Columbia Parks and Recreation
Creating Community through People, Parks and Programs
In a 1992 nationwide study conducted at Pennsylvania State University, researchers compiled a listing of the benefits of local recreation and park services as perceived by the American public.
Participants in the study could be divided into two groups: users of local recreation and park services and non-users. Surprisingly, 71% of non-users said they received some benefit from their communities' parks and recreational services.
Benefits identified by non-users were as follows:
Each summer, parks and recreation professionals unlock the gates to community pools, hiring lifeguards and preparing programs. Running aquatic facilities can be hard work, but for residents, summer, especially, marks the beginning of warm days relaxing on the pool deck, pool parties, and swim teams. What is the appeal of these crystal clear waters? Research indicates that there is more participation in aquatic based recreation and sport than any other activity. Why? What does an aquatic facility really mean to a community? In essence, what are the benefits?
"A daughter of an elderly lady in our water exercise class told staff that the class kept her mom alive and active for years. It was the social connections she created with the others that were even more beneficial to her than the physical exercise. She looked forward to coming to the class several times a week to be with her friends.
"For another woman, water exercise class helped her regain her joint mobility in order to go back to her true passion - square dancing! But she kept with the water exercise class too because it was so fun and helpful!
"Participants in the arthritis programs are fanatical about their pool time because the water makes their joints feel so much better.
"As we continue to document and articulate the health benefits of swimming and aquatic exercise, it will only be a matter of time before doctors are prescribing pool visits over pills."
-City of Hillsboro, Oregon, Parks and Recreation
The Wheaton Park District employed 278 individuals
to work at their aquatic facilities in the summer
of 1999. Two hundred and sixty two of them high school
or college age. Seventy-two percent of the staff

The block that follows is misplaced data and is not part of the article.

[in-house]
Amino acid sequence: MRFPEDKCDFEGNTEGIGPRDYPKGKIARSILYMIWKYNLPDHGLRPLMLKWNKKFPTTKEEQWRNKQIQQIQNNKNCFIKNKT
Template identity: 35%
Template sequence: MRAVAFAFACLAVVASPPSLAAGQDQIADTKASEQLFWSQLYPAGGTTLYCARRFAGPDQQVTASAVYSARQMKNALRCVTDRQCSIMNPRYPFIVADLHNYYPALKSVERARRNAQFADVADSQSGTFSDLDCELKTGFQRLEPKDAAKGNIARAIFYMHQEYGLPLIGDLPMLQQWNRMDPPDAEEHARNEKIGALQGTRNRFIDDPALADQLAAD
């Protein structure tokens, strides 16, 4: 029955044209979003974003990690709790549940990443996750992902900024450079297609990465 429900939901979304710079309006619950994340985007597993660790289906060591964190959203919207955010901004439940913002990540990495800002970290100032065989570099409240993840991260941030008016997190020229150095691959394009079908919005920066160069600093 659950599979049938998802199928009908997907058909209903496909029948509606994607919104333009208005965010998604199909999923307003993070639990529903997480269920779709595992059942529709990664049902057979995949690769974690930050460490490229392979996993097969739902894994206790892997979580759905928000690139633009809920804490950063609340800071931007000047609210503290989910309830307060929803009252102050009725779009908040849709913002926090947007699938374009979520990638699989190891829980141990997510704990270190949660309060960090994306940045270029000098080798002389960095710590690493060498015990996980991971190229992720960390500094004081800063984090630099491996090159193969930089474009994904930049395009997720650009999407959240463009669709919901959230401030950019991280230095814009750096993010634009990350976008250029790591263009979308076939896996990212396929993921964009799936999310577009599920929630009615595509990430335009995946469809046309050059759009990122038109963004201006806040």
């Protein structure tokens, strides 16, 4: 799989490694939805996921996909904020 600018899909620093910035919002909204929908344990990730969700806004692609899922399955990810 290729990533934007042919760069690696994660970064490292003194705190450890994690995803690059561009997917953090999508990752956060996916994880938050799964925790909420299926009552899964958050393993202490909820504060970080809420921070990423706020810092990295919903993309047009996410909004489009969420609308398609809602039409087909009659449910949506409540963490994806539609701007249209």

or 201 employees were Wheaton residents. Since the
district spent approximately $418,000 on salaries
for aquatic staff last summer and 72% were Wheaton
residents, then approximately $300,960 was returned
to the local economy through salaries.
Few agencies can boast such a contribution to the community.
Superintendent of Recreation
Wheaton Park District
"I have greatly benefited from aquatics throughout
my life. As a
non-athletic person aquatics gave me an opportunity to be active while enjoying myself. Teaching swim lessons has been the most enjoyable. The facial expressions when people finally achieve a skill is unforgettable and in some cases life changing.
"One in particular was a little boy about five
or six years old. While
he did not know how to swim, he had the basic survival techniques. He, his younger brother and his mom who was on crutches with a leg in a cast went to a cabin on a lake for a vacation. On the lake was a huge slide. Upon arrival at the cabin while the mom was taking the baby into the cabin, the little boy went down the slide. To his surprise (and his mom's), the water was over his head. Instead of panicking, the boy laid on his back and in a very calm voice said, "Can someone help me, I can't swim."
"Another memorable one was a plus 30 year old Seminary student from the south who was deadly afraid of the water. After numerous lessons, he was able to swim in the deep water. Jumping off the board was a different story. When he finally took that step, when he surfaced, in his deep, loud Southern voice said, "That's more fun than a revival!'
"Swimming laps gives me forced times to think in quiet solitude. I solve the world's problems while going back and forth and back and forth. The water becomes an extension of yourself and you become one with the water. Makes me want to leave work now and go swimming."
"More cities are encouraging their residents to take a walk"
St. Louis Post-Dispatch pg. B8 4/16/00
St. Louis University study shows walking trails keep people healthier.
"When communities build walking trails, people exercise more," said Ross C. Brownson who conducted a study published in the April issue of the American Journal of Preventive Medicine.